When I was diagnosed with ADD, in my early 40s, I cried and cried — right there, in the office, and then out on the street, then in my car, and then at home. Not because the diagnosis upset me, but because of the indescribable relief I felt.
I imagine that this is something many people with ADD go through, the gut-wrenching, liberating sensation of having a name for what has always just felt like: There’s something wrong with me. Or the question without an answer I constantly asked myself: Why can’t I seem to do what other people can do?
My story is a common one, for the first four decades anyway: struggles with homework, when I did it at all; struggles with time management; chaotic living spaces wherever I lived, and even where I didn’t live. Sometimes it seemed like I had only to enter a room for it to become a mess, and I had more unfinished projects than I could count.
When I looked over my life, glanced backwards through the years, images of half-upholstered chairs and partly-knitted sweaters came to view, along with primed walls I never painted — the word failure rising above it all, like skywriting for everyone to see.
But knowledge is power, and I learned that when I was diagnosed. Once I knew I had ADD, and after I stopped weeping with relief, I was ready to take it on. I bought books to help me understand what exactly this strange condition is. I looked into meds, too. I studied systems, and I tried to simplify everything in my life. I was gung-ho for it all, and I probably expected a miraculous transformation, which, of course, never came. But thanks to some gained self-knowledge and the help of Ritalin, I was able, for the first time in my life, to progress on a professional path and that alone changed everything.
Focused Enough to Write
I had always wanted to be a writer, but I had never been able to stick to it. How could I? I’d never been able to stick to anything. After my diagnosis, though, I developed decent work habits, I went to graduate school, handed in assignments, and, after seven years of hard work, I sold my first book, a collection of short stories. Emphasis on short.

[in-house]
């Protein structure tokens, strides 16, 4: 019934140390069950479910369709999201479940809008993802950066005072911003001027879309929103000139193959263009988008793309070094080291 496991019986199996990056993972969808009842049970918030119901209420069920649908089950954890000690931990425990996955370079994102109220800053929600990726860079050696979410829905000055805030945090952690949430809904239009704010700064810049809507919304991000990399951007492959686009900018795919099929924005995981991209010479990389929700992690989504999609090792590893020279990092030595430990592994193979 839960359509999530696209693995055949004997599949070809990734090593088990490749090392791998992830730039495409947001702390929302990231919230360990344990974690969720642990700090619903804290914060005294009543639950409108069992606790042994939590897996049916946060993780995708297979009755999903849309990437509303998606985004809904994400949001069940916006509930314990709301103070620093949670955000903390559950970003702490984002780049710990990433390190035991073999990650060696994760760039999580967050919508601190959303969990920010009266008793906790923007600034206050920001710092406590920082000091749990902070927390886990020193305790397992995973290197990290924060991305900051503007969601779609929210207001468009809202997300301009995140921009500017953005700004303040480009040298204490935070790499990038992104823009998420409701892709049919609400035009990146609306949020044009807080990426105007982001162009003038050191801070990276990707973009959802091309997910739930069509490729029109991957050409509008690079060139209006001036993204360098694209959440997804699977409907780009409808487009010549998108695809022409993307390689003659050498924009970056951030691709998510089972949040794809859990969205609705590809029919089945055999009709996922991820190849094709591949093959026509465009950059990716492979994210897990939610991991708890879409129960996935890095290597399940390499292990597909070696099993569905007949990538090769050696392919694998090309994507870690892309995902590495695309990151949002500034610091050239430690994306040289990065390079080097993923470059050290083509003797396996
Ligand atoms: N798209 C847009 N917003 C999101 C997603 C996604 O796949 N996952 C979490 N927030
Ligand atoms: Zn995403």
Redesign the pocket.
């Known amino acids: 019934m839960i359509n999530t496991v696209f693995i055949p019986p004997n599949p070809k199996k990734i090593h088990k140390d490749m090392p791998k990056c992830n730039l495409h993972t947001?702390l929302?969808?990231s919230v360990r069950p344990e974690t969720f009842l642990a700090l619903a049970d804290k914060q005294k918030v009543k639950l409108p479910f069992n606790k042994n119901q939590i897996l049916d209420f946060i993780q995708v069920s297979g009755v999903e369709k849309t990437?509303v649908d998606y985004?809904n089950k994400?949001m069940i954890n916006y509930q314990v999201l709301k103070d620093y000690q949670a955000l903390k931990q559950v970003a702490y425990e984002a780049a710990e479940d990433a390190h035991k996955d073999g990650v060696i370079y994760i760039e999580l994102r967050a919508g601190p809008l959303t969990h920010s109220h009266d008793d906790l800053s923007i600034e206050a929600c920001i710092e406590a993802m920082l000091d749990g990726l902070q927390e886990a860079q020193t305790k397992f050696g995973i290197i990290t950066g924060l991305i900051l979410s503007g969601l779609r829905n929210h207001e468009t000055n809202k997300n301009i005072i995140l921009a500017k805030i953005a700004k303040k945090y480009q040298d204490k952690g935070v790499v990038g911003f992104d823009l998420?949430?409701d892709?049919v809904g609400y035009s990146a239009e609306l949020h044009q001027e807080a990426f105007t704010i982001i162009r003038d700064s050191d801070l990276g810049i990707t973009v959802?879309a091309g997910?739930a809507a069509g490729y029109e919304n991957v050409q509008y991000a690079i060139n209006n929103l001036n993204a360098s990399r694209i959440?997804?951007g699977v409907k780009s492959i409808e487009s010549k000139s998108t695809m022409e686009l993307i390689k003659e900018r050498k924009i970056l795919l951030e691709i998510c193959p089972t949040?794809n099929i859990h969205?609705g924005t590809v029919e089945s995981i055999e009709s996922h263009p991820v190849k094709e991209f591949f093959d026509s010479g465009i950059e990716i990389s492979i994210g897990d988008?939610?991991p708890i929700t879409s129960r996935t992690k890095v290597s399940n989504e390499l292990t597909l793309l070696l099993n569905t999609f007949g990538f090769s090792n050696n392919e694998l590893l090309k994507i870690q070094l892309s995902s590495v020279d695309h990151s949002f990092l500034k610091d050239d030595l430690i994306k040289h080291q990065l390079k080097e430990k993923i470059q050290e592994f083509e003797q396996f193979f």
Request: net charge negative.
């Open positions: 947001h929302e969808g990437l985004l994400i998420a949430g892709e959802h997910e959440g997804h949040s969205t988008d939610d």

That turned out to be important, because, in the same book deal, I also sold the promise of a second book, and that one was to be a novel. A novel, for a writer with ADD, is a whole new ballgame — and not the fun kind.
Think about the last novel you read. Now remember all the characters, all the scenes, all the plots, and all that time management that went into writing it. Who? What? When? How? It was dizzying how many questions I had to juggle all at once.
Writing a novel also meant I had to stick to a single project for what seemed like forever. When I sat down to write, I was in despair. My brain couldn’t handle 300 pages of ideas, or even 250. It didn’t matter how I color-coded pages or drew charts. The information overloaded my circuits, and my wires fried.
If I’d never been diagnosed with ADD, I would never have been able to see my way through. The first, and maybe the most important, change it brought, was that I didn’t hate myself for all the trouble I was having. I didn’t have that awful feeling of being mysteriously bad at everything. I was mad at the ADD itself.
Tackling a Novel, Folding the Laundry
Creativity may seem different from remembering to finish folding the laundry or taking a recipe all the way from shopping list to cooking to cleaning up, but there were more similarities than I had thought. I decided to try to use the knowledge I’d gained about ADD to help me as I wrote. I began to treat the novel as I would any other overwhelming task, by breaking it down into manageable steps. I wouldn’t focus on what overwhelmed me, but on the little tasks I could complete that added up.
That could have been done in any number of ways, but what I ended up doing was to write the book in 50-page chunks. Every three months, I wrote 50 pages. That was my job, and it was manageable. It wasn’t the way I might have gone about it if I were wired differently — and, at times, I regretted that I had to impose this strange system on my process. Except that it worked. Fifty pages, then 50 pages more — doing it five times resulted in a complete draft, something I could read as a whole and revise without having to hold the entire thing in my brain.
Then I got out the colored highlighters, and started drawing charts and using calendars to check the chronology until I had a novel I could be proud of — a novel that will be published this summer.
If I had known how much my life was going to change because of my diagnosis, I would have cried even harder than I did the day I was first told. I had so completely bought the message that I was a failure, I never imagined I would be anything else.
These days, I’m still messy, still disorganized, still challenged by managing time, but I have a couple of published books to my credit and, occasionally, I even get the laundry folded and put away. Most important of all, I have learned that it doesn’t matter what I’m doing, how mundane or creative the task. I have ways to help myself and to get the job done. For decades there was terrible chaos, confusion, and a good dose of self-loathing in my life. Now there are strategies — so there is always hope.